Food safety scares are common to Thailand. Besides, common is microbial contamination of street food left out in the hot sun and dusty roads as well as store food contamination by banned or toxic pesticides and fake food products.
In July 2012 consumer action groups demanded four unlisted toxic pesticides found on common vegetables at levels 100 times the EU guidelines (which are banned in developed countries) be banned. Chemical companies are requesting to add them to the Thai Dangerous Substances Act so they can continue to be used, including on exported mangoes to developed countries which have banned their use. In 2014, Khon Kaen University concluded after a study, that Thailand should ban 155 types of pesticides, with 14 listed as urgent: Carbofuran, Methyl Bromide, Dichlorvos, Lambda-cyhalothrin, Methidathion-methyl, Omethoate, Zeta Cypermethrin, Endosulfan sulfate, Aldicarb, Azinphos-methyl, Chlorpyrifos-ethyl, Methoxychlor and Paraquat.
Sugar and salt consumption
As of 2019[update] sugar consumption in Thailand is 28 teaspoons (131 grams) per person per day, four times the World Health Organization (WHO) recommendation. Excessive consumption of sugar leads to obesity, a public health issue. Thailand is number two in ASEAN, behind Malaysia, in the prevalence of obesity. In 2017, Thailand levied an excise tax on sugary drinks to pressure manufacturers to reduce the amount of sugar put in their products. A hike in the tax expected in October 2019.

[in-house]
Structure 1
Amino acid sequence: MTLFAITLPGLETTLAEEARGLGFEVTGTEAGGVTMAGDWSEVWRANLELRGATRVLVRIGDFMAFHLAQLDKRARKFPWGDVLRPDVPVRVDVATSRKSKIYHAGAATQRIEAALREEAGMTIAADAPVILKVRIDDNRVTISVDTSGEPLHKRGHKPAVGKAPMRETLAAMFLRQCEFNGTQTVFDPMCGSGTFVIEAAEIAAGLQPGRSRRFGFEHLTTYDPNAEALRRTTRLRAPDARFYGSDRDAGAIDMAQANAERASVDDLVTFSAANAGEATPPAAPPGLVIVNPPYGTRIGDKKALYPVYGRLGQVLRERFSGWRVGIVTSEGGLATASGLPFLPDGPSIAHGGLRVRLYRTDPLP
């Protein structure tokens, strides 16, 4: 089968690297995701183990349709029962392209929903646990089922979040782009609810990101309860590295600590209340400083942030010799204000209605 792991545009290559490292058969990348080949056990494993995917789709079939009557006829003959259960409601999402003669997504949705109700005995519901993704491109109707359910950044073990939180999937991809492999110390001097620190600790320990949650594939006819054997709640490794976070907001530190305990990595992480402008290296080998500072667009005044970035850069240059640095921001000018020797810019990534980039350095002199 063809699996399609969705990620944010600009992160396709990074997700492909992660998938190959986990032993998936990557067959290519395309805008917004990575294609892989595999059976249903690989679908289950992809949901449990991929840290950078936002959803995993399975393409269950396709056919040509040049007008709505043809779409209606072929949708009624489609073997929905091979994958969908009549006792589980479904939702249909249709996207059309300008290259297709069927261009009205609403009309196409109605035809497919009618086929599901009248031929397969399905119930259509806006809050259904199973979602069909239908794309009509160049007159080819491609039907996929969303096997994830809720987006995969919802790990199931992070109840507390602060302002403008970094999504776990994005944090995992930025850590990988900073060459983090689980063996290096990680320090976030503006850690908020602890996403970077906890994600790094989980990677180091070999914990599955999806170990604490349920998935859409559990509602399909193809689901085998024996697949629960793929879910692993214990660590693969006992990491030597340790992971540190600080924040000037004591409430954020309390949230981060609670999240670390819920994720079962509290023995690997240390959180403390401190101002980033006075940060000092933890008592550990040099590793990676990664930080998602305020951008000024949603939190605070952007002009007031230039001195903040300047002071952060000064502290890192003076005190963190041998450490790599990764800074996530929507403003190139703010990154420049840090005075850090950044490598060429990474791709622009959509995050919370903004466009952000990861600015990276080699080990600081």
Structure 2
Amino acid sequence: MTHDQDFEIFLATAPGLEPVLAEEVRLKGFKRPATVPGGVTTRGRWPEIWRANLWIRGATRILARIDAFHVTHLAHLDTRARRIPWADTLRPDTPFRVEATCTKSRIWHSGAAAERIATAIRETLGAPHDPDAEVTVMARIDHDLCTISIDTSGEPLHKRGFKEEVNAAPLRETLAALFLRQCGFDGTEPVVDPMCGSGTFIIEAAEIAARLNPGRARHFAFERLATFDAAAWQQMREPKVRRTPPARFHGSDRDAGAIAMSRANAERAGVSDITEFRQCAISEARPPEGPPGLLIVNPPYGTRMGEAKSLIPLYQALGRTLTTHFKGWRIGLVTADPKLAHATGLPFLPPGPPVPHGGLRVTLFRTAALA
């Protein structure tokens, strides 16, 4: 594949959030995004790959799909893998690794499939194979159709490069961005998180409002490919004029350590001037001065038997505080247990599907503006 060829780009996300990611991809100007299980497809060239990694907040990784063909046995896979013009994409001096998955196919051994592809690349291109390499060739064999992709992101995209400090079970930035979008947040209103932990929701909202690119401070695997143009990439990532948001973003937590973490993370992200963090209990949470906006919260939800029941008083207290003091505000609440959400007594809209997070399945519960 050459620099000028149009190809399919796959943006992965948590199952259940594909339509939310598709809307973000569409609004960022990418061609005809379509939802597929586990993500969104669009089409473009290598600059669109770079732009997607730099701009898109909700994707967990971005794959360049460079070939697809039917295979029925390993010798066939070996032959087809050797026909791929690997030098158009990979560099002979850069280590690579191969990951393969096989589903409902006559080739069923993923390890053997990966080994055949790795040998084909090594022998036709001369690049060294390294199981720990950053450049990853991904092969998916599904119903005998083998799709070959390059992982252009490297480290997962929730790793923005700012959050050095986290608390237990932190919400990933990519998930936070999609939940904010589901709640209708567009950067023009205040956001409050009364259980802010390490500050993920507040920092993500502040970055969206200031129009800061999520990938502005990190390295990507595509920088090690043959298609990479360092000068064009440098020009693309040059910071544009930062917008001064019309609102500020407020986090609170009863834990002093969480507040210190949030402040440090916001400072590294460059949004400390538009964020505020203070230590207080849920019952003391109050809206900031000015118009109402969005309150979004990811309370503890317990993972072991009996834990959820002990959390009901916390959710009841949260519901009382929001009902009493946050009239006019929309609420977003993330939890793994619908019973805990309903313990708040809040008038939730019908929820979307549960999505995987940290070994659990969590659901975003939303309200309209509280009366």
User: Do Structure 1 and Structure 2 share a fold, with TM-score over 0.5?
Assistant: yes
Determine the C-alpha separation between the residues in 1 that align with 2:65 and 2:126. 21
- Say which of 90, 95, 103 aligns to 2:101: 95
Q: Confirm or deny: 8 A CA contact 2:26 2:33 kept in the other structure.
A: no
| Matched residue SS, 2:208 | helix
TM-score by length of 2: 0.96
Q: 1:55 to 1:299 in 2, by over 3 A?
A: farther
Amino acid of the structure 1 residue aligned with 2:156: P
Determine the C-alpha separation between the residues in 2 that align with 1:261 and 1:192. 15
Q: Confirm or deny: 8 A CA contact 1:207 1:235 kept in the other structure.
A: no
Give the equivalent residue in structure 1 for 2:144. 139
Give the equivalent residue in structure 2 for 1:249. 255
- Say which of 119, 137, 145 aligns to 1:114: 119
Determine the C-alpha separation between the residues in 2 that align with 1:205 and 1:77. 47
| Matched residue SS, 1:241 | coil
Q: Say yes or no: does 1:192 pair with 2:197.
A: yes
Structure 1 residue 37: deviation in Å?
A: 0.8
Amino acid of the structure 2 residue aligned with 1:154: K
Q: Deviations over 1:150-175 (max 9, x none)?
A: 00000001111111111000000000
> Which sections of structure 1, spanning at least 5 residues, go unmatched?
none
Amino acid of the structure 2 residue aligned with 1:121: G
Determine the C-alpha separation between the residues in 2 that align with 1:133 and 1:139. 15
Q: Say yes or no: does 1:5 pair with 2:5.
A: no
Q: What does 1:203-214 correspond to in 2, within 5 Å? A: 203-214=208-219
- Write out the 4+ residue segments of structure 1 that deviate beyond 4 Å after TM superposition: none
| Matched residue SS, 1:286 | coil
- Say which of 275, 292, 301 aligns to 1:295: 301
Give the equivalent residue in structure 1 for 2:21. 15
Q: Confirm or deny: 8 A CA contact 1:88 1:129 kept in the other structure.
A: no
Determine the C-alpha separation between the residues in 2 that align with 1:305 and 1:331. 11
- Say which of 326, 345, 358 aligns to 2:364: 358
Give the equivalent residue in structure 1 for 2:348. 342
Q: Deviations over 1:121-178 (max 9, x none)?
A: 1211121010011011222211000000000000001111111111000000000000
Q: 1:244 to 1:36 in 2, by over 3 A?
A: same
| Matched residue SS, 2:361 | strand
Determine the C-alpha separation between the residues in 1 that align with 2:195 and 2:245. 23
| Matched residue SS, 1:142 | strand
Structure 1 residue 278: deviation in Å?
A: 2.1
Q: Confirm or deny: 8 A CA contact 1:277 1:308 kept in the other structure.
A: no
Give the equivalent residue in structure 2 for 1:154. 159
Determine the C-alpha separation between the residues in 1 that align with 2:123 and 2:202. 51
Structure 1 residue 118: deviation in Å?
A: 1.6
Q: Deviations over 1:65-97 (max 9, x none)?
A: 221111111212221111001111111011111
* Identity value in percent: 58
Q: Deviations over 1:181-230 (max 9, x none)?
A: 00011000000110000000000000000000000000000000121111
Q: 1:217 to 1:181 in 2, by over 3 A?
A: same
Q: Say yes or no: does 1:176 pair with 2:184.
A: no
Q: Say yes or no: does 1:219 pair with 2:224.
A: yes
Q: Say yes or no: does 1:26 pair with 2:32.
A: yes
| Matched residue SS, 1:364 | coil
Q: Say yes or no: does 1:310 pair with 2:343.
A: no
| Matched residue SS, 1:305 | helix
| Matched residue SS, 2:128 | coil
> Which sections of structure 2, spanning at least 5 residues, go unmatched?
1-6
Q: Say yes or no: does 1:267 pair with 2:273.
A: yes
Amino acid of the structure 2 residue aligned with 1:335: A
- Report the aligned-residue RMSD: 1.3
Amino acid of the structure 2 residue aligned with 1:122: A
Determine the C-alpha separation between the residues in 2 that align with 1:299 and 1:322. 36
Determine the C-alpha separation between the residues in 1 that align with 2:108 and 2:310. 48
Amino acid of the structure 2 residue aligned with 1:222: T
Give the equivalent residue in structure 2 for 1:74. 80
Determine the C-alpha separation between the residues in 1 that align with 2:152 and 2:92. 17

According to WHO in 2017, Thais consume an average of 10.8 grams of salt per day (over 4,000 milligrams of sodium), a rate more than double the recommended daily intake of salt. The main sources of salt are salt added during cooking, packaged food, and street food. Researchers claim that more than 22 million Thais suffer from salt-related ailments. Each year 20,000 of them die from related diseases, costing the country losses estimated at 98.9 billion baht a year. Thai health officials are calling for a tax on high-sodium food products to reduce demand.
A study by the health ministry and Britain's Wellcome Trust released in September 2016 found that an average of two people die every hour from multi-drug resistant bacterial infections in Thailand. That death rate is much higher than in Europe. The improper use of antibiotics for humans and livestock has led to the proliferation of drug-resistant microorganisms, creating new strains of "superbugs" that can be defeated only by "last resort" medicines with toxic side effects. In Thailand, antibiotics are freely available in pharmacies without a prescription and even in convenience stores. Unregulated use of antibiotics on livestock is also problematic. Drug-resistant bacteria spreads through direct contact between humans and farm animals, ingested meat, or the environment. Antibiotics are often used on healthy animals to prevent, rather than treat, illnesses.
In November 2016, Thailand announced its intent to halve antimicrobial-resistant (AMR) infections by 2021, joining the global battle against "superbugs". It aims to reduce the use of antibiotics in humans by 20 percent and in animals by 30 percent. The health minister said that about 88,000 patients develop AMR infections a year. The infections claim at least 38,000 lives in Thailand each year, causing 42 billion baht in economic damage. Without measures to address the issue, he said that the world would enter a "post-antibiotic era" with at least 10 million people around the world dying from AMR by 2050, 4.7 million of them in Asia.
In 2014, some 334 babies were born daily in Thailand to mothers aged between 15 and 19.